Making Entrepreneurship Accessible in Rural America

4. Challenges: Early Challenges that Emerged

The Public and Potential Partners Were Unsure About What We Were Doing and Why

People were confused about the objective.

The objective of the initiative was to build a network of localized resources to support new companies as they launched.

It was decidedly non-academic in tone, designed to stand out from established university programs, and to resonate with community entrepreneurs in search of their peer group.

With this initiative, the University was entering new territory and people were understandably confused.

Penn State wasn’t known for economic development.

Penn State was known across Pennsylvania as an institution of higher learning that primarily served enrolled students, not as an economic development engine.

While public ribbon cuttings, all attended by President Barron and local community partners, created excitement and momentum, the Invent Penn State name created a clear connection to the University and for some residents left the impression that resources were only available to students, faculty, and staff.

Additionally, with a focus on launching new businesses, it was important that Penn State send the message that the initiative was an opportunity for collaboration and not a potential competitor with economic development groups and organizations who already supported local entrepreneurs and business owners.


Signaling something was different.

Fortunately, we had several key people at the University with experience in brand marketing. They understood that consistent, branded communications would be helpful in establishing a clear identity for these innovative programs, differentiate them from current University programs, and help avoid confusion.

In our second year, the challenge became: How do we develop a community-facing brand identity for the initiative that can be adapted for each local implementation?


Building a unique brand.

After a formal brand development exercise with experts inside and outside of the university, we landed on the “LaunchBox” name and a new brand identity.

This step helped to differentiate the initiative from typical University student-centric programs, as it was different from the established Penn State brand, with a different logo and different colors.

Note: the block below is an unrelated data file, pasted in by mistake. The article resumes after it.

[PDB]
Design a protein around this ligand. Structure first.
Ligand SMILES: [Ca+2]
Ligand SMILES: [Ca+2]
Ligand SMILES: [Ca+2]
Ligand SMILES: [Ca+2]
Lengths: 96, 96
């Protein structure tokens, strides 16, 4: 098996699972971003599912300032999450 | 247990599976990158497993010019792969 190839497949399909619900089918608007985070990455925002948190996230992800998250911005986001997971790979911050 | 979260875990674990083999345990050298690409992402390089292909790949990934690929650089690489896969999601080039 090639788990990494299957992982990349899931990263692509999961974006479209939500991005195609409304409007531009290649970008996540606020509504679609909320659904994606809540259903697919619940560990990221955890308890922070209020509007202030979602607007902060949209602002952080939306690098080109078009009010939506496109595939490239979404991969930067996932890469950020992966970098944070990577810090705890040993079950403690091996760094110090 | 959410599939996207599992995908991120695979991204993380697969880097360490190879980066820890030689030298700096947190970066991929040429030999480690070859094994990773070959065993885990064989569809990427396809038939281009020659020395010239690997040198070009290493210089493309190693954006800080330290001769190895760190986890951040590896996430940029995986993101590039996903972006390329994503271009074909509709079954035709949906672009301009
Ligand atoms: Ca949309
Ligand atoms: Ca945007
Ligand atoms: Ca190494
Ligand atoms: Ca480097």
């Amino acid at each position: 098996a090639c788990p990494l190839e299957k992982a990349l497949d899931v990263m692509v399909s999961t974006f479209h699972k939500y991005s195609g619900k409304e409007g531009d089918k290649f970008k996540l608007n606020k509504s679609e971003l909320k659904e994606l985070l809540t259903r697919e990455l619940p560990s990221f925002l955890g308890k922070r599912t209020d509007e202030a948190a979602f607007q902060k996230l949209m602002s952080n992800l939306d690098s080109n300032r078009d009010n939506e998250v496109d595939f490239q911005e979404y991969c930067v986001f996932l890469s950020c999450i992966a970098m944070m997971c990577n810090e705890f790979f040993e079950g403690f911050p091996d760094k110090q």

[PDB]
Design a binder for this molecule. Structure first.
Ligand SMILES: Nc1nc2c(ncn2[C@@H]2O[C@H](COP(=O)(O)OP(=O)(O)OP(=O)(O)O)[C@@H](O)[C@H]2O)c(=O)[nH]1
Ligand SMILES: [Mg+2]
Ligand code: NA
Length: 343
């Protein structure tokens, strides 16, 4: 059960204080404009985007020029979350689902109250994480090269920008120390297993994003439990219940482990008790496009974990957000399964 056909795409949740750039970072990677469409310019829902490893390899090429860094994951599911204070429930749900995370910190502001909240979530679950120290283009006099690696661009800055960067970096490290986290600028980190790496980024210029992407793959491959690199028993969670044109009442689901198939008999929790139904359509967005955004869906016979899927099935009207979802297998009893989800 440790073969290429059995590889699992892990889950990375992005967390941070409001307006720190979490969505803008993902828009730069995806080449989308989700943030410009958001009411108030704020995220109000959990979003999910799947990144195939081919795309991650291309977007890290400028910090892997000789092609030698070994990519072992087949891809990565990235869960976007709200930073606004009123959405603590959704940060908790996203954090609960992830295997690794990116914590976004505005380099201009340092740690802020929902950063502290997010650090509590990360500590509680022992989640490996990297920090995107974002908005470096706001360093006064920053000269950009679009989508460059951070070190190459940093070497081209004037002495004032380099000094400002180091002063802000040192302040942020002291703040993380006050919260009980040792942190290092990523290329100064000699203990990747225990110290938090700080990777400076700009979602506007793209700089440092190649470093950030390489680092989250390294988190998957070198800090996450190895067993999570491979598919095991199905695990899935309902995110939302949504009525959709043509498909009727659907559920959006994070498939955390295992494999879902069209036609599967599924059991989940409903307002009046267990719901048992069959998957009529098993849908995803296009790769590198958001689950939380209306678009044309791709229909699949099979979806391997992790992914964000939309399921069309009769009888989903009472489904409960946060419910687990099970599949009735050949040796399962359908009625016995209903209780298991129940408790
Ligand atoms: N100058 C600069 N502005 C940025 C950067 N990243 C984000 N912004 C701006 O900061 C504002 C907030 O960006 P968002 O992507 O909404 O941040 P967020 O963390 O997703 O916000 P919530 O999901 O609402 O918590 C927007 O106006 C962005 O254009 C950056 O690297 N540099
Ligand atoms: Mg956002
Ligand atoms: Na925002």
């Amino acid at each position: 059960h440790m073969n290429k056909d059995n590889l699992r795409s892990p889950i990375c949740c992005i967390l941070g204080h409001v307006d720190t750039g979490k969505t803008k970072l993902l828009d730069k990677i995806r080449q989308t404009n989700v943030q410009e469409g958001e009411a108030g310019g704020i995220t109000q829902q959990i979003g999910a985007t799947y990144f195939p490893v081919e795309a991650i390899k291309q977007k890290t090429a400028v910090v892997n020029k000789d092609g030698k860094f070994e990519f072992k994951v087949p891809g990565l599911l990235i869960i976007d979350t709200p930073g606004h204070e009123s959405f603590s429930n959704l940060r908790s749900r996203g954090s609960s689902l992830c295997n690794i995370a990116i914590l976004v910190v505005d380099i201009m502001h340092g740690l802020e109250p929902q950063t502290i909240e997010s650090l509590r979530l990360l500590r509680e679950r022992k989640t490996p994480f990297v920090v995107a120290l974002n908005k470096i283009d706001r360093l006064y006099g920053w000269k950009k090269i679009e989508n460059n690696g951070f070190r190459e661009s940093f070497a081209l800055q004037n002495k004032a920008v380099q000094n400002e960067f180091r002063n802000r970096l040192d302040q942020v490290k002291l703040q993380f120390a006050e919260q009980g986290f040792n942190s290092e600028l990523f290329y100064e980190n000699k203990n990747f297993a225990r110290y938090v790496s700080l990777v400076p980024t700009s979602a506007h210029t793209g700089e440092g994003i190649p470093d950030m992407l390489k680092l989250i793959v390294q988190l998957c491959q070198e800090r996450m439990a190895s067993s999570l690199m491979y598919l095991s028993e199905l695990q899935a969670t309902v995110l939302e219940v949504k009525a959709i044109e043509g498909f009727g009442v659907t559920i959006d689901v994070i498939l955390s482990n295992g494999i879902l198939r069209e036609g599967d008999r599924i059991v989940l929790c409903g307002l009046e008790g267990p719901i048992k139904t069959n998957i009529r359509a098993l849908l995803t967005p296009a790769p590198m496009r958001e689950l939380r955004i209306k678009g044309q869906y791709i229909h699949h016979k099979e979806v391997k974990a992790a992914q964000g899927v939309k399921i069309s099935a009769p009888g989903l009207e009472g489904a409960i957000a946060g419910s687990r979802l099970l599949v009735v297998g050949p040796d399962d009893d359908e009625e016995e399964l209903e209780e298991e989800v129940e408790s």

By decoupling the LaunchBox identity from Penn State, the hope was that individuals would no longer self-select out because they believed that an association with Penn State was required to access services. Internally, it reinforced the shared mission and helped to build a cohesive look and feel across locations.


Brand adoption wasn’t mandated but was encouraged.

Being true to the tenet that decisions were made locally, no campus was required to adopt the LaunchBox brand identity.

In time, the inherent value of a shared brand communicating a shared mission, and access to a ready-made identity led 19 of the 21 locations to migrate to the LaunchBox brand. This created a number of efficiencies.

  • Branded templates were created that could be populated with localized details, making it faster and cheaper to generate branded communications.
  • We began to understand that more centralized marketing support and resources would be needed, both to help the network grow and to ensure consistency across the LaunchBox network.


Confusion remains in many communities.

While the consistent brand has had many benefits, including formal ribbon-cutting ceremonies designed to bring in the community, we are still struggling to get the “open to all” message out seven years into this effort.

Many community members still believe they need to have some relationship with Penn State in order to take advantage of the resources provided.

To learn more, jump to Insights: Bring an inclusive lens to everything you do and/or Insights: Avoid couching success through traditional economic development metrics.

Learn more about lessons learned and recommendations.